The documents of Medellín and San Miguel were inspired, in part, by the proposals of St. John XXIII’s “Mater et Magistra” (1961) and Blessed Paul VI’s “Populorum Progressio” (1967). Both pontiffs were already calling for what St. John described as “a church of the poor” (his words in a September 1962 radio broadcast) and for recognition of “the face of Christ in every poor person, as his sacrament” (as Pope Paul VI said during his 1968 visit to Bogotá). Now comes Francis, who wants “a poor church for the poor,” drawing his inspiration from the so-called Pact of the Catacombs that was signed by 40 bishops, including Dom Hélder Câmara, at the conclusion of Vatican II in 1965. In the pact the bishops declared the need to return again to the ways of the historical Jesus by being “a poor servant church” that would be distinguished for its practice of “fraternity, justice, and compassion.” This is the context in which the theological-pastoral option of Pope Francis developed.

Of the People

The theology of the people as a form of Latin American liberation theology was first elaborated as such by two priest-theologians, Lucio Gera and Rafael Tello, and then adopted by the Argentine bishops’ conference in 1969. Its origins, however, can be traced back to 1966, when the bishops’ pastoral commission defined “the people” in terms of “the existence of a common culture rooted in a common history and committed to the common good.”

The theology of the people was given formal shape by Father Gera in his paper “The Meaning of the Christian Message in the Context of Poverty and Oppression.” For him this theology does not advocate changing social and political structures just for the sake of change; rather, it seeks to discern the mission and identity of the church on the basis of its option of the poor. Such an option fosters sociopolitical dialogue and promotes pastoral ministry inspired by the ideal of social justice to be found concretely in the “faithful people.”

This theological-pastoral option does not rely on the Marxist analysis of social and economic conditions that was found in other kinds of liberation theology. Father Gera held that its starting point should be direct connection with the people and serious study of the people’s common culture and ethos. Such an effort makes it possible to discover what is actually obstructing the people’s socioeconomic, political and religious development and it helps to preserve the people’s positive identity against external influences that attempt to impose an alien ideology.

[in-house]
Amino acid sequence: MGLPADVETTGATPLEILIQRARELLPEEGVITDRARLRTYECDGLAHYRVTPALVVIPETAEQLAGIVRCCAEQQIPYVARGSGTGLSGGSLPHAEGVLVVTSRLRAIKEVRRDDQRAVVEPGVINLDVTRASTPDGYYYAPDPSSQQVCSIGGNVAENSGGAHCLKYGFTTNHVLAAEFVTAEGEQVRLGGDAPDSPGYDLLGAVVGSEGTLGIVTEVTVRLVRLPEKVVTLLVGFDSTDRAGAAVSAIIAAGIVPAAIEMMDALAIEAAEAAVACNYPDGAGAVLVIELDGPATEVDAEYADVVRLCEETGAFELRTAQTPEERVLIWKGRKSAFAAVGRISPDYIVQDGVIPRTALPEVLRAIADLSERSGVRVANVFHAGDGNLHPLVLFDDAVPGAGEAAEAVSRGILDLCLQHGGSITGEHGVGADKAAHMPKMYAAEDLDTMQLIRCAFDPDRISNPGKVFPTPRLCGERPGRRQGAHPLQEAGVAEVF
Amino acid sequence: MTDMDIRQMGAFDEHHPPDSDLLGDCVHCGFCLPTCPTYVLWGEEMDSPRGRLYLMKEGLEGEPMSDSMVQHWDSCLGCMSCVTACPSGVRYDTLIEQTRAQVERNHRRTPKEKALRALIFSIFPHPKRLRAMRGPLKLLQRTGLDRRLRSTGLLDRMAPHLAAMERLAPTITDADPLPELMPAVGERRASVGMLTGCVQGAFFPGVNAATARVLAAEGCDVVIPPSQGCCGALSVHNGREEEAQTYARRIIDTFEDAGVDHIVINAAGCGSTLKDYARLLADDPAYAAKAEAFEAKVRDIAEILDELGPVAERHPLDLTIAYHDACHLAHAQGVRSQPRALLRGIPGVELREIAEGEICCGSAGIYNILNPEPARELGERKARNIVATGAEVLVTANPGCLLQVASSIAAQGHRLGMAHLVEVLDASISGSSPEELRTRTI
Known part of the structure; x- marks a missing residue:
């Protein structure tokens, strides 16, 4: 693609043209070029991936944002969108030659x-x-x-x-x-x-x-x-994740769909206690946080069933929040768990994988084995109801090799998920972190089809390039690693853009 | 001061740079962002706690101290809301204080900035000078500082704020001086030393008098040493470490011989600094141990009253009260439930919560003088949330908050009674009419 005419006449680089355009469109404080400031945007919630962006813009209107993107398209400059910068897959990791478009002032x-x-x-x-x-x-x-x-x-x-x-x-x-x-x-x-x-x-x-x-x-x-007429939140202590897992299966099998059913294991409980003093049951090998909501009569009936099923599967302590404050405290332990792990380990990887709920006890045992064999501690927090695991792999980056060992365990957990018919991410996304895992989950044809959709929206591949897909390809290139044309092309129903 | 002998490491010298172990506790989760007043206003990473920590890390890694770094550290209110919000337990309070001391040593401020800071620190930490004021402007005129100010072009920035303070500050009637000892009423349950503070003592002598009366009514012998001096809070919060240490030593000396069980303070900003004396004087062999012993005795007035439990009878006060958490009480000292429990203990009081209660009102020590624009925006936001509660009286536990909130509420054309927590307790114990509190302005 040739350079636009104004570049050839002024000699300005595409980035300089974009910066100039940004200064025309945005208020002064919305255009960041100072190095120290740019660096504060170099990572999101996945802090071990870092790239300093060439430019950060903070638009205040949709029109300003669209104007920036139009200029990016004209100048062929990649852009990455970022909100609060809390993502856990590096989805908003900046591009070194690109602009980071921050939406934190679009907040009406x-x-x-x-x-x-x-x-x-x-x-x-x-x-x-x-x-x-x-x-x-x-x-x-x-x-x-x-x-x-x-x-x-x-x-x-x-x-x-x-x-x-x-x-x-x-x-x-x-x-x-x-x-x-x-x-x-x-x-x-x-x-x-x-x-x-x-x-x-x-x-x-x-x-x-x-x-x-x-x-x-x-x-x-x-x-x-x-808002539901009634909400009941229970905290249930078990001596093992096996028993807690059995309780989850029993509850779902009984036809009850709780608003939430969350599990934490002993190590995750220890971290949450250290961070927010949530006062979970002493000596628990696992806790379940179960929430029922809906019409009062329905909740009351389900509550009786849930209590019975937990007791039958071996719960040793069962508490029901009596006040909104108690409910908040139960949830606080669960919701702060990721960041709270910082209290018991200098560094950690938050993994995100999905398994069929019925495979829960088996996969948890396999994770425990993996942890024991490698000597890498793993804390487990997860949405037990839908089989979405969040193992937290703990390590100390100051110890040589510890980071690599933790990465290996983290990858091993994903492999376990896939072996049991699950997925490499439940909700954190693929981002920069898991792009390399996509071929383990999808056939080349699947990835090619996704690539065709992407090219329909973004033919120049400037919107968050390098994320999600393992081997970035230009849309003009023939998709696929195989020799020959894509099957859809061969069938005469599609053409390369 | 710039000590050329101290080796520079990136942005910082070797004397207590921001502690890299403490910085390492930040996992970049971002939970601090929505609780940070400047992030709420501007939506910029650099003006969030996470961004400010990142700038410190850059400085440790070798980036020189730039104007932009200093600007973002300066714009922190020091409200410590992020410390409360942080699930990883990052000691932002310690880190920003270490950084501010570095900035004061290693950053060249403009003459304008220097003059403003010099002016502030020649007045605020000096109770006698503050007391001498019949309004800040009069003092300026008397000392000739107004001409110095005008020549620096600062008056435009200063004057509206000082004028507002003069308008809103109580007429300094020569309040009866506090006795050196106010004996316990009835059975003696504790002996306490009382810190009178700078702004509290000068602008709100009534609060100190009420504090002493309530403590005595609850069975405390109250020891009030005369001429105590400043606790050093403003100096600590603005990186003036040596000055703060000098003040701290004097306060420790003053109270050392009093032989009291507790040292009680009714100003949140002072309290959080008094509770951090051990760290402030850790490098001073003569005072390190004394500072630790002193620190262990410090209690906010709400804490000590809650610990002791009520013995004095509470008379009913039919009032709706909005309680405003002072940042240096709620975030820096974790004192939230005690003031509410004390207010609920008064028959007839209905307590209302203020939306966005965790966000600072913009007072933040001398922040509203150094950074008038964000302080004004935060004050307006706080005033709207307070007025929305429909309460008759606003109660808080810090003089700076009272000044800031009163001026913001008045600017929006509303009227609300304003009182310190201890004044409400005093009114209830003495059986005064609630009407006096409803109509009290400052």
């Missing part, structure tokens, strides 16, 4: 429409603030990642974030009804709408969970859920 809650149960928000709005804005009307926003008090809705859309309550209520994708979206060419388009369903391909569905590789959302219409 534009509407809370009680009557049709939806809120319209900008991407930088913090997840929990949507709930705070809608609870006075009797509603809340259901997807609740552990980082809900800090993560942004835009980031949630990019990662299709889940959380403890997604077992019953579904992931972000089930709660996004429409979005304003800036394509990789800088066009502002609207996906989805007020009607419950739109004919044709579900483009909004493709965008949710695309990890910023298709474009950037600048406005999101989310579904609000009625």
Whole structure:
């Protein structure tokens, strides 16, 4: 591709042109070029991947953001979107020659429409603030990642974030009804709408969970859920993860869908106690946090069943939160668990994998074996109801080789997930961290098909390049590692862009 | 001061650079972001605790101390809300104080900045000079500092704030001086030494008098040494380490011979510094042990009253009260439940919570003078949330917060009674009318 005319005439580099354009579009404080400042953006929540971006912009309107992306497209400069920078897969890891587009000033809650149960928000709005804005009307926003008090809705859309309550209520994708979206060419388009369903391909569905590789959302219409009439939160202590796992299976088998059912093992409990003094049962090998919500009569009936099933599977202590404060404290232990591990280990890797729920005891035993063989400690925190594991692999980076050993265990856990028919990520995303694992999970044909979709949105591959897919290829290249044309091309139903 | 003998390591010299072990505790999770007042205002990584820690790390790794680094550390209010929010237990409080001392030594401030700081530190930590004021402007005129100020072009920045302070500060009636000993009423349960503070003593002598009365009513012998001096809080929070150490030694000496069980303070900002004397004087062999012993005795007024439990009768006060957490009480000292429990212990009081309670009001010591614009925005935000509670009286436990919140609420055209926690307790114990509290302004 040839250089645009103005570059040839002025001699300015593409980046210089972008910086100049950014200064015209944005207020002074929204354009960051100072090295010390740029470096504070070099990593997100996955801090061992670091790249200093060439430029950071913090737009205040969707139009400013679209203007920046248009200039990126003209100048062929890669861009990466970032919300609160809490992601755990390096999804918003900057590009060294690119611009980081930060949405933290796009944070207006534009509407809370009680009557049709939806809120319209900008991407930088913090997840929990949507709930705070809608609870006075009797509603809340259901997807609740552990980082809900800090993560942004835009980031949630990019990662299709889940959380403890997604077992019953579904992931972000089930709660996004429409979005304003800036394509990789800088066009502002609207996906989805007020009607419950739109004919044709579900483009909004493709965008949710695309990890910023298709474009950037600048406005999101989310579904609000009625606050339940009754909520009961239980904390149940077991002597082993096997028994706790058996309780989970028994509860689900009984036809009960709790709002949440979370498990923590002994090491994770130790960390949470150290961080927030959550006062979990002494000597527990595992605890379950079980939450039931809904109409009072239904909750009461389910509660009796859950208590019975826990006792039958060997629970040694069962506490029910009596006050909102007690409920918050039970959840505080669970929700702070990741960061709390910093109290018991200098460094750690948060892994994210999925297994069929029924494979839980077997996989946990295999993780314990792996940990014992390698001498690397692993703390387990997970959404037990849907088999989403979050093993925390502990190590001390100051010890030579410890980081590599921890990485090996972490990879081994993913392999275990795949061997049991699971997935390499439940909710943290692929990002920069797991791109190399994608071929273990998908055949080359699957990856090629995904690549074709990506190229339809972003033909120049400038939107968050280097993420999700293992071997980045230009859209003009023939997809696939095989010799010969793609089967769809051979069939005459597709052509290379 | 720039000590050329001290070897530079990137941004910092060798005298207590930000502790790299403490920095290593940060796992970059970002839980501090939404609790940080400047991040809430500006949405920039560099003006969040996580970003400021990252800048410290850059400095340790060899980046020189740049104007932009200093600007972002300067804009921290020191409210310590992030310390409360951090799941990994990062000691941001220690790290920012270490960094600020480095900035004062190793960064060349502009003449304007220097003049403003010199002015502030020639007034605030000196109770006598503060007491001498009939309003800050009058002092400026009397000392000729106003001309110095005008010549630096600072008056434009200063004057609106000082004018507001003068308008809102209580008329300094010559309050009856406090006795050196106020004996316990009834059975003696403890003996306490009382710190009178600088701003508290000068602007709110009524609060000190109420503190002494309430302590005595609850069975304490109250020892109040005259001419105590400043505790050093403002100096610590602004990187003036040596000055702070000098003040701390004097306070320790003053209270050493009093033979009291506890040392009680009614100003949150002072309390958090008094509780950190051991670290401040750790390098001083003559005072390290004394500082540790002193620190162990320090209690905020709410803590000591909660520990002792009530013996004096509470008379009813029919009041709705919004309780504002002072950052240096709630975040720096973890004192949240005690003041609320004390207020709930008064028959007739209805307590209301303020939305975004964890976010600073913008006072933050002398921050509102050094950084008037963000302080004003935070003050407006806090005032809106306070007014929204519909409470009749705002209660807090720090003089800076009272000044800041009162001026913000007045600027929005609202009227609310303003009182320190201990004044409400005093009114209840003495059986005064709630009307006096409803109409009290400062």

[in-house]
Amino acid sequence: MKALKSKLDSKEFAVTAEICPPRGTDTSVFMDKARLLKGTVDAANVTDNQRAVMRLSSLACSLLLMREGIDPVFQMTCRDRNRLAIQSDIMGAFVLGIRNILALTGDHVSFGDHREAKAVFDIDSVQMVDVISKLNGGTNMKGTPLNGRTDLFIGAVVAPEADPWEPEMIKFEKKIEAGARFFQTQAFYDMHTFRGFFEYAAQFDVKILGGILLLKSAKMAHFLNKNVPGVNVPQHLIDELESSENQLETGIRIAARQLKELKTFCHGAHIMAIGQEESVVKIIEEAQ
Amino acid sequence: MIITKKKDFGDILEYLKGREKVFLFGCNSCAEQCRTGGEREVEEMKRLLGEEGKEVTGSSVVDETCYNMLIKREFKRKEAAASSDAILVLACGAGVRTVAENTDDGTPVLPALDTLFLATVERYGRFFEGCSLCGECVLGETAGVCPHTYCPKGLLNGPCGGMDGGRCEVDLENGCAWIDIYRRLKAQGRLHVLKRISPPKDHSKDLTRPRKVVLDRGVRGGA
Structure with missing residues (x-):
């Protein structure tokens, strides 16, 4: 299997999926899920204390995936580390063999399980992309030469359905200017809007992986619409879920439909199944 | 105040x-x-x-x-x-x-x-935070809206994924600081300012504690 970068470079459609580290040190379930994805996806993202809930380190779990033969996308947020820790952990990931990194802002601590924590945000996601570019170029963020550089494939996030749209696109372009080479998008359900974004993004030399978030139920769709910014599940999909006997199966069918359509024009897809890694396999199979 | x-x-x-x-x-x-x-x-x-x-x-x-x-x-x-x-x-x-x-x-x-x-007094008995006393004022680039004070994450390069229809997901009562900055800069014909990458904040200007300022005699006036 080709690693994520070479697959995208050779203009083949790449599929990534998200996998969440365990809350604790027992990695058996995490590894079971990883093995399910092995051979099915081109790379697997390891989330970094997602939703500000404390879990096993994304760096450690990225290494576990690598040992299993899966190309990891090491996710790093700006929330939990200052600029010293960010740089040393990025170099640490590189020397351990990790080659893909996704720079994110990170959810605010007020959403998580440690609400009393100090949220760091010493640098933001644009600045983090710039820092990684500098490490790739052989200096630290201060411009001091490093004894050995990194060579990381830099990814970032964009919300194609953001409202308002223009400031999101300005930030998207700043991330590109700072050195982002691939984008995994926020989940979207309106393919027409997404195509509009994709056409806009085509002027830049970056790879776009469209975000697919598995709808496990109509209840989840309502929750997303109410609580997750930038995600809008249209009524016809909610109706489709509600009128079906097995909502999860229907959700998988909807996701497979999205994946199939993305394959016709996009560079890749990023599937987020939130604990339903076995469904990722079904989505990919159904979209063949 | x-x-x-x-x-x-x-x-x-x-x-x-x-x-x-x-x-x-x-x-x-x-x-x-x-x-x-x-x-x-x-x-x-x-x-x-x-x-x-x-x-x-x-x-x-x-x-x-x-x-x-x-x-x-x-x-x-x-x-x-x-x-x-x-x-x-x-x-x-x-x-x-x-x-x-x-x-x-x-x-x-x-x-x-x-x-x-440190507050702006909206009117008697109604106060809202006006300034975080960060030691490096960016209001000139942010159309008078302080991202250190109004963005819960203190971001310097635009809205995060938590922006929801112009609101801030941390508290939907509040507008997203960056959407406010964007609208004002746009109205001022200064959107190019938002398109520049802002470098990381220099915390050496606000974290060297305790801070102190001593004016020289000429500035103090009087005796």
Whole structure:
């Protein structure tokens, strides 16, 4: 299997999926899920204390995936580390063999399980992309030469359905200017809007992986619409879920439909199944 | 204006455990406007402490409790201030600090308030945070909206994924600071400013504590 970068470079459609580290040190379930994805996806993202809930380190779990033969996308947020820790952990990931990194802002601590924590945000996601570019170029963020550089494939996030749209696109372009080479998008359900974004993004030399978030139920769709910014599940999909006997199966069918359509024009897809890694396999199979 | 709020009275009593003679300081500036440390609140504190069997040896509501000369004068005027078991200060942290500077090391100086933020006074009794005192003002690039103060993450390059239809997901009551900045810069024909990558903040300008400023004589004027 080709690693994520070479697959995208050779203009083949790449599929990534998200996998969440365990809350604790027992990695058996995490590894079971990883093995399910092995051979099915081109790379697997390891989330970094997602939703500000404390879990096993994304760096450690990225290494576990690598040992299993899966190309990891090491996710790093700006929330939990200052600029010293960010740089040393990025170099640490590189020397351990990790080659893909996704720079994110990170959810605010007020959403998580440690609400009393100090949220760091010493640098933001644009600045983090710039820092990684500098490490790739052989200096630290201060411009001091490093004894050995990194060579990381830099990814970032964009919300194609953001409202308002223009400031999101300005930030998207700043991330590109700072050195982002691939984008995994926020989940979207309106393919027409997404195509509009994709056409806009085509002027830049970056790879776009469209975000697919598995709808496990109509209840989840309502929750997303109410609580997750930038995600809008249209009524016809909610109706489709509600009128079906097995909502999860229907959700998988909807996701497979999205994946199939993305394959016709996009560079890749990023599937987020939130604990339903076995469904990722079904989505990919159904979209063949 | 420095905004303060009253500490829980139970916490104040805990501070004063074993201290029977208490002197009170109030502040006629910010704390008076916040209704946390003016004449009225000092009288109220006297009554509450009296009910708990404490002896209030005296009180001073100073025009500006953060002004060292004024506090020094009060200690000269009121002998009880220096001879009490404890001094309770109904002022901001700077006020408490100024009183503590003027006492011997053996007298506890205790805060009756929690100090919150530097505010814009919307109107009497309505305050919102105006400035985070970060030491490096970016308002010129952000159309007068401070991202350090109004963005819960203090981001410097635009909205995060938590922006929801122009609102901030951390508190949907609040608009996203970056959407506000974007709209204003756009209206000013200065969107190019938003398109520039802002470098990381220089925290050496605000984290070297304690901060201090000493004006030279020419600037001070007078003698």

For, as Pope Francis said in Bolivia, “a people that forgets its past and its historical roots has no future”; that is why “the church makes an option to watch over those who are today discarded and to preserve their precious culture.” Accordingly, the theology of the people is a type of liberation theology that pays special attention to evangelizing the culture by means of social, political and religious transformation. The people’s transformation comes about through integral development of the human person, promotion of sociopolitical dialogue and the practice of social justice.

Already in the 1970s Jorge Mario Bergoglio, S.J., had a clear vision of what the political stance of Christians and the pastoral action of the church should be. In a discourse addressed to a Jesuit assembly in 1974, he explained that Christian practice—both religious and political—should be centered on fraternity, solidarity, social justice and the common good rather than on notions like homeland, revolution and the opposition between conservatives and liberals. He criticized “the fruitless confrontations with the hierarchy and the draining conflicts between ‘progressive’ and ‘reactionary’ wings within the church, which end up giving more importance to the parts than to the whole.”

Justice in Action

To counter institutional polarization and ideological division in today’s church, Pope Francis has proposed some principles of discernment that are partly inspired by Juan Manuel de Rosas, who was governor of Buenos Aires at the end of the 19th century. The principles are “unity over conflict” in the face of polarized institutional realities and “realities over ideas” in the face of attempts to make the Gospel message into ideology (see “The Joy of the Gospel,” Nos. 217–37).

Speaking in Paraguay in July, the pope declared that the principal priorities of the Christian community should be “becoming inserted and incarnated in the experience of the common people and discerning the shape of the church’s liberating, salvific action from the perspective of the people and their concerns.” Otherwise, he stated, the ideologies will gain ground, as has been the case recently in South America, “and they will be no help at all because the ideologies, since they do not start with the people, have an incomplete, unhealthy, or harmful relationship with the people.”